Clip 1-Hard Rubber Otto Link 8 Tenor Saxophone Mouthpiece-Rigotti Gold 2 1/2 Strong Reed-Generic Metal Ligature

Clip 2-Hard Rubber Otto Link 8 Tenor Saxophone Mouthpiece-Rigotti Gold 2 1/2 Strong Reed-Zak Ligature with Metal Resonator Plate

Clip 3-Hard Rubber Otto Link 8 Tenor Saxophone Mouthpiece-Rigotti Gold 2 1/2 Strong Reed-Zak Ligature with Ebony Resonator Plate

Clip 4-Hard Rubber Otto Link 8 Tenor Saxophone Mouthpiece-Rigotti Gold 2 1/2 Strong Reed-Zak Ligature with just the cables holding reed

Disclosure: I received the sample ligatures mentioned above for free in the hope that I would try them and perhaps review them on my blog. Regardless, I only review saxophone accessories that I enjoy using and believe will be good for other saxophone players to try also.  Steve
Steve About Steve

Steve Neff has been playing and teaching saxophone and jazz improvisation around the New England area for the last 30 years. He is the author of many effective jazz improvisation methods as well as founding the popular jazz video lesson site


  1. This looks to be as simple as you can get. Did you find any similarity to the response of the Silverstein? The plates are obviously different and the number of strands, plates apart does the fewer number of cables have any noticeable effect?

    • Jim, I honestly forgot about the Silverstein! It was 7-8 years ago and they wanted me to buy it after the review so I sent it back to them. I remember really liking the Silverstein but I don’t remember any details about it. I was asked this question on Facebook and someone who has used both responded:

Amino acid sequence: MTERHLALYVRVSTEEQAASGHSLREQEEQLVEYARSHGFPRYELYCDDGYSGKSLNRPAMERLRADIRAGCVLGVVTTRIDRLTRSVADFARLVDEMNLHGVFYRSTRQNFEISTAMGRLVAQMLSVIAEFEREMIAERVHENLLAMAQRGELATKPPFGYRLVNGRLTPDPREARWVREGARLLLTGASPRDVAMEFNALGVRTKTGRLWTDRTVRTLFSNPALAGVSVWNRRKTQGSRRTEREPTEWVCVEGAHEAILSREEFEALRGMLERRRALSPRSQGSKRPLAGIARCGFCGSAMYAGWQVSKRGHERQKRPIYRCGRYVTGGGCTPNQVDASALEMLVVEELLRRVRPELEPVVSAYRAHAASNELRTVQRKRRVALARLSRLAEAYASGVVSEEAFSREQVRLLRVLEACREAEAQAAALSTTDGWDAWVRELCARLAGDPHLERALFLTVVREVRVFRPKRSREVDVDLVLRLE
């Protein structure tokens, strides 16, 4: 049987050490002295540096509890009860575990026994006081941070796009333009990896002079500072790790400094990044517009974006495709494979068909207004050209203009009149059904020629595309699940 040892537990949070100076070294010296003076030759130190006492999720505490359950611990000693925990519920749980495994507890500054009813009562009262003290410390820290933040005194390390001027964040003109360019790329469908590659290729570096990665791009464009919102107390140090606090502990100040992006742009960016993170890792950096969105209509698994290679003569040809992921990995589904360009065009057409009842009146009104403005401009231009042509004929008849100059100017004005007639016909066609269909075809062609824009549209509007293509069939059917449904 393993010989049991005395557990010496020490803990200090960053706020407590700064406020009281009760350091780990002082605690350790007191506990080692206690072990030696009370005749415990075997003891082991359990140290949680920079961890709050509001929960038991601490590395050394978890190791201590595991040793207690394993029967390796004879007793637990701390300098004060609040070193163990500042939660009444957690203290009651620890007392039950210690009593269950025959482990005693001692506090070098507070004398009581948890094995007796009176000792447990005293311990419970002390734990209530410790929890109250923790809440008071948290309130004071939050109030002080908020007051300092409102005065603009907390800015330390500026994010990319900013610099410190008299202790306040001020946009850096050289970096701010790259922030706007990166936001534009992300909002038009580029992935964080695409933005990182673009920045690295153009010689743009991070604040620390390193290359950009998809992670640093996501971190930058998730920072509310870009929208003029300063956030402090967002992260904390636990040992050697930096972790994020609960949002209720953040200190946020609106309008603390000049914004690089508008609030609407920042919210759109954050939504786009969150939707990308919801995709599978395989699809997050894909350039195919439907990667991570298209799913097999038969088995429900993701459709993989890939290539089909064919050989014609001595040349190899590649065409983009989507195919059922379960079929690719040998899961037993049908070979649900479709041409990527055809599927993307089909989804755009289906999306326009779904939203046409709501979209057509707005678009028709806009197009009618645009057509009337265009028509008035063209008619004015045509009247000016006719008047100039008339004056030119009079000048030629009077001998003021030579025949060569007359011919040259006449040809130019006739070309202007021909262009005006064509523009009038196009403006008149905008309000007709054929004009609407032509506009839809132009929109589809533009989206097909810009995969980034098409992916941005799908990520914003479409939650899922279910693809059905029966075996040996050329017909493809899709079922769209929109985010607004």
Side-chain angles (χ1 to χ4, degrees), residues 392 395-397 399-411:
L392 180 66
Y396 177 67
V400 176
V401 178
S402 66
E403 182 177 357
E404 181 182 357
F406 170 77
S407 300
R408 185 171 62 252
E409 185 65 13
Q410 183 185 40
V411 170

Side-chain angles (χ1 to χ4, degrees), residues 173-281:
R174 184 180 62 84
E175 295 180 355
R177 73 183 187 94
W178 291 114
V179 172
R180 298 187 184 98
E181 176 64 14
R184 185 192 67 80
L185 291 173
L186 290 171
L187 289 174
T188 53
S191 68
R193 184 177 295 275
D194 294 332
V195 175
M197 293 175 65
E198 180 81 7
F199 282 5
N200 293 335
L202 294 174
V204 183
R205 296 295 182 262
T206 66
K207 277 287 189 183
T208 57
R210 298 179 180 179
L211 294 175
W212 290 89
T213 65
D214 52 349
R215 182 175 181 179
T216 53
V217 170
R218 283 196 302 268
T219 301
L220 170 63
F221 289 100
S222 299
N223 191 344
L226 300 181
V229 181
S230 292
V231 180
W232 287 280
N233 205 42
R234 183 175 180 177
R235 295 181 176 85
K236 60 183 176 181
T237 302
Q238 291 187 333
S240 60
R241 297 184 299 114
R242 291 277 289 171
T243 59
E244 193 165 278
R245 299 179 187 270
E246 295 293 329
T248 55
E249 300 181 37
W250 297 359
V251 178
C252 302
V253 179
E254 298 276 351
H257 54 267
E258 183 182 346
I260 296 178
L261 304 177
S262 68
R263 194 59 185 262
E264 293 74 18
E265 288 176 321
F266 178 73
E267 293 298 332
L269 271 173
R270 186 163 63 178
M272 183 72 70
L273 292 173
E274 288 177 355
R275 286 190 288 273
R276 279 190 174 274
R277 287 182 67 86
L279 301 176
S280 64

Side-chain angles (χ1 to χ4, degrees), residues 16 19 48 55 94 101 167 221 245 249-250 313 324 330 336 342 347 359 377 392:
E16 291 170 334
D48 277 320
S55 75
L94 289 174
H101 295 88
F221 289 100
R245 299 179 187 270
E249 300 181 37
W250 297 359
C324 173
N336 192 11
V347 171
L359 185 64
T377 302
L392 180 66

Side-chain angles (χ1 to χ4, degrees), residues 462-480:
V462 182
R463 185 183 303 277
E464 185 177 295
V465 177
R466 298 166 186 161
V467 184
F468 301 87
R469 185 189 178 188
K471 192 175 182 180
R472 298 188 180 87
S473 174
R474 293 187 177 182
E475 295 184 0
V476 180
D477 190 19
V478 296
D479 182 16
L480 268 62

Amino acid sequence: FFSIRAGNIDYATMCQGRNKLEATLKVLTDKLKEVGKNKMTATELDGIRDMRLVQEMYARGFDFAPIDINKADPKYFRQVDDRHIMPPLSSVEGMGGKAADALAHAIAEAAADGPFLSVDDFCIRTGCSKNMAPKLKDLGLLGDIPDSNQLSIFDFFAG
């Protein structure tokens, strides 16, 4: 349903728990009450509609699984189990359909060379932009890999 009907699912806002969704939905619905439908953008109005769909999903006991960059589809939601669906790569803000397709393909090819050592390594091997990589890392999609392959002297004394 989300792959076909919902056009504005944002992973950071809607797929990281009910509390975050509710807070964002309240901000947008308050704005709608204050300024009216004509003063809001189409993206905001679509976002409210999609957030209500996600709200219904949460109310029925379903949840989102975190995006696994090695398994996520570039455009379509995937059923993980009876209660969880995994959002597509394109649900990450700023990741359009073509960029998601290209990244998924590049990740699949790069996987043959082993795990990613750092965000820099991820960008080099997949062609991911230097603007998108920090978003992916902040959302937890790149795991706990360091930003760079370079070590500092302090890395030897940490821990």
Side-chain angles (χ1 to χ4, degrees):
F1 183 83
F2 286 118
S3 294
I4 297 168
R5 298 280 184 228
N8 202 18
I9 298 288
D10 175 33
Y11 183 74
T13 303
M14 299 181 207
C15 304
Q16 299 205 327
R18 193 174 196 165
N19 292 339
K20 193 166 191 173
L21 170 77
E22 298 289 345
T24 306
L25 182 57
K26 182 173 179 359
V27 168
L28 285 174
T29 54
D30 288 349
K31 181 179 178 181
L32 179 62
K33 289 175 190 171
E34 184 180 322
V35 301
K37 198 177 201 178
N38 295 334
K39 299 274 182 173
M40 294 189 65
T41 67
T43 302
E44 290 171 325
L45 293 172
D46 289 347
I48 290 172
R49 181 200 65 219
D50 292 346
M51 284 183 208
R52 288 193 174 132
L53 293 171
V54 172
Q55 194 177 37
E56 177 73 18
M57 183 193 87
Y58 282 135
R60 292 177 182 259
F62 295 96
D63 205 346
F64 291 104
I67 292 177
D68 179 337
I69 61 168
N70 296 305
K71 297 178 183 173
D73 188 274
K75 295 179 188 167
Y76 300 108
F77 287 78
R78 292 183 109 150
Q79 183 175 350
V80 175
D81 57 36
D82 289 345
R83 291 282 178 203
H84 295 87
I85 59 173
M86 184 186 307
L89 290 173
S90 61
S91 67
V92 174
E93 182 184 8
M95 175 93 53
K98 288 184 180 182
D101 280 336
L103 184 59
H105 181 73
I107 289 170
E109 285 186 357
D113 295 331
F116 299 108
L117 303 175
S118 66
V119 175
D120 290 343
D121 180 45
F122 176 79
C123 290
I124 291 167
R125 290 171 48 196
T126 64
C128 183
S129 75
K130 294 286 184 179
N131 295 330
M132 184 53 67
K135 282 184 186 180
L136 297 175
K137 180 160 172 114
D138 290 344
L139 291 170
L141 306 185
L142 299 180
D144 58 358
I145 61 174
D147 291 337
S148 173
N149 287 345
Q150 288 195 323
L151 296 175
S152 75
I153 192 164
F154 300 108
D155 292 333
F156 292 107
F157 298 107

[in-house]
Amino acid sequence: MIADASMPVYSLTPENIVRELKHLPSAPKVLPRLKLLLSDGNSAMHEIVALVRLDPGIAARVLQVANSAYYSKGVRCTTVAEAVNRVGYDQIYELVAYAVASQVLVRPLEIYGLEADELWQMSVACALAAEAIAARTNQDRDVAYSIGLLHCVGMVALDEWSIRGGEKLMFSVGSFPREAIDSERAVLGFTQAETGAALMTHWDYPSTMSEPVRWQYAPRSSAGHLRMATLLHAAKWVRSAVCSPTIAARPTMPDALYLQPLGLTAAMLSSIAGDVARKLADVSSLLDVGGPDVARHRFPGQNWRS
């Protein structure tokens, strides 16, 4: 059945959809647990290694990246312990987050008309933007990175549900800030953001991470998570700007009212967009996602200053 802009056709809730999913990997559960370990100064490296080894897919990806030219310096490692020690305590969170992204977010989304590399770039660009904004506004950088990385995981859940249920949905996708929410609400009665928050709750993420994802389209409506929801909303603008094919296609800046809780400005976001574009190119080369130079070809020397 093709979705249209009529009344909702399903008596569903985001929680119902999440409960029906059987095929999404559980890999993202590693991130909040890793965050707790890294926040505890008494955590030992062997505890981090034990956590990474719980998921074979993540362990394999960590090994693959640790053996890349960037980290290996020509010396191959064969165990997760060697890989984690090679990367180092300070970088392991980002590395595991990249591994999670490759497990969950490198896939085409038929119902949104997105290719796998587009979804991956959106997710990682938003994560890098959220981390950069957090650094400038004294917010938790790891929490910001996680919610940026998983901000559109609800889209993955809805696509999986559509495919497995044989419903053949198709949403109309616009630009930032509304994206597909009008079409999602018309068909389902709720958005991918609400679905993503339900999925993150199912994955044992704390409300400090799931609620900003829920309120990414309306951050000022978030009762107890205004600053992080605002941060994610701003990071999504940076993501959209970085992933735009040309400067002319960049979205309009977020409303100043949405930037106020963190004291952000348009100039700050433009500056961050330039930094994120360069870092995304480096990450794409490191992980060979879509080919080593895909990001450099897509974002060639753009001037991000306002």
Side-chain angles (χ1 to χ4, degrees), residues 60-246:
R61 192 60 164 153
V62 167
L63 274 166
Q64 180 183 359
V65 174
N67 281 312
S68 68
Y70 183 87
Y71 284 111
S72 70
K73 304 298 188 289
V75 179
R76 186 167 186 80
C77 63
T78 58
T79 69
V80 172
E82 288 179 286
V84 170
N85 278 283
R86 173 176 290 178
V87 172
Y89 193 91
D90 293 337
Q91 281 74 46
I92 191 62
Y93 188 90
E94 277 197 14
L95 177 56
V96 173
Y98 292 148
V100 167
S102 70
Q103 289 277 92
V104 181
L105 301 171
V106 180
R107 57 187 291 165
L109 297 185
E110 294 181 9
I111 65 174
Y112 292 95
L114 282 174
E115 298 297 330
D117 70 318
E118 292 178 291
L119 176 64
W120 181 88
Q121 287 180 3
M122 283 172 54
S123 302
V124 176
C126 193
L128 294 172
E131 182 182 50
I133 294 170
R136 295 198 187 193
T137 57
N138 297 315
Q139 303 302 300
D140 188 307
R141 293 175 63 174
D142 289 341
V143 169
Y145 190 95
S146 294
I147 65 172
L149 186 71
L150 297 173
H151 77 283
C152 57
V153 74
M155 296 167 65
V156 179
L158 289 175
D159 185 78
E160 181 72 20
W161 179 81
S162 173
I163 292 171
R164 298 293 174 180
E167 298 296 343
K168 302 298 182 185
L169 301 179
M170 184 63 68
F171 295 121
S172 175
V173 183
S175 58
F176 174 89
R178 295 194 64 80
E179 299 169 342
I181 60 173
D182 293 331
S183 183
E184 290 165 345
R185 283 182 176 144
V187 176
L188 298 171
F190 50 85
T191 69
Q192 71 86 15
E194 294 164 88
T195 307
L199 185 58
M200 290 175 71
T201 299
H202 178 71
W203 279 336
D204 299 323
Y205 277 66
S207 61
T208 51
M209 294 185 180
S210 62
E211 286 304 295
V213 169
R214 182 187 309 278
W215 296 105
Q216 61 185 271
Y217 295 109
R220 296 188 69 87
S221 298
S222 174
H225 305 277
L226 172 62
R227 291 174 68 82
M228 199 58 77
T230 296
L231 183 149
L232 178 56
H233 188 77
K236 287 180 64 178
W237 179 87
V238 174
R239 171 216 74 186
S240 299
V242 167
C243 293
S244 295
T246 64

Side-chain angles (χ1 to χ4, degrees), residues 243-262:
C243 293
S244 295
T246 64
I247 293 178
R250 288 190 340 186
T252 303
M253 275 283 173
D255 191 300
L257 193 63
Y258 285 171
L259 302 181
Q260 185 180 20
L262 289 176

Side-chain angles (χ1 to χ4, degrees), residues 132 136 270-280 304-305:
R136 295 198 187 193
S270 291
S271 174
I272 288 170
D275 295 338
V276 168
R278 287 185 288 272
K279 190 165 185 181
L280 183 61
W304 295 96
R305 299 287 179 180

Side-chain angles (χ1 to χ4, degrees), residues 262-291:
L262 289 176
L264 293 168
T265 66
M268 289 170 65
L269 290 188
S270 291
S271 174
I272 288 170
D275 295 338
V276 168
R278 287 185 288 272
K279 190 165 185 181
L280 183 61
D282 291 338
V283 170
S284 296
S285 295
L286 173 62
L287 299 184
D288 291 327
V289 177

I’ve played with both and I can tell you that ZAC is better that Silverstein in all the aspects, ZAC ligature is stronger and the sound is more interesting 🙂

  2. You can clearly hear the differences, to me the brass plate and the cables alone were very similar but I found the cables brighter, or perhaps livelier. In any case all sounded better than the standard lig. Did you notice any difference in response?

    • That’s good to hear. I thought I could hear the differences clearly but sometimes I put up clips like these and I get inundated with comments that people hear no difference whatsoever. I’m glad you heard a difference.

      As far as response, besides the details I put in the review, the biggest difference for me was when I went to the cables on the reed. I just felt like the reed was more alive and responded quicker and fuller. That was my favorite setup of the three because of that reason.

      I want to do the same test on a bright metal Otto Link with a baffle I have and see what the three ligature setups do for a brighter mouthpiece like that. I would say the hard rubber Otto Link 8 I used for this test is slightly brighter but more in the middle than really bright. To really see how a ligature affects the tone I find it really useful to test them with a dark mouthpiece, medium mouthpiece and bright mouthpiece. If the results are interesting maybe I’ll do anther review on it…….

  3. Avatar Don Delahoussaye says

    I’ve been using a Zac ligature on a 1AO for about a year. Bought the Zac from Roberto’s, NYC. I also use a Silverstein on occasion. Guess I’m fickle. I’m sure you understand.

    Both ligatures are excellent. Your comments are appreciated particularly because you reminded me that the Zac can be used without the brass plate. Going to give that a try.Thanks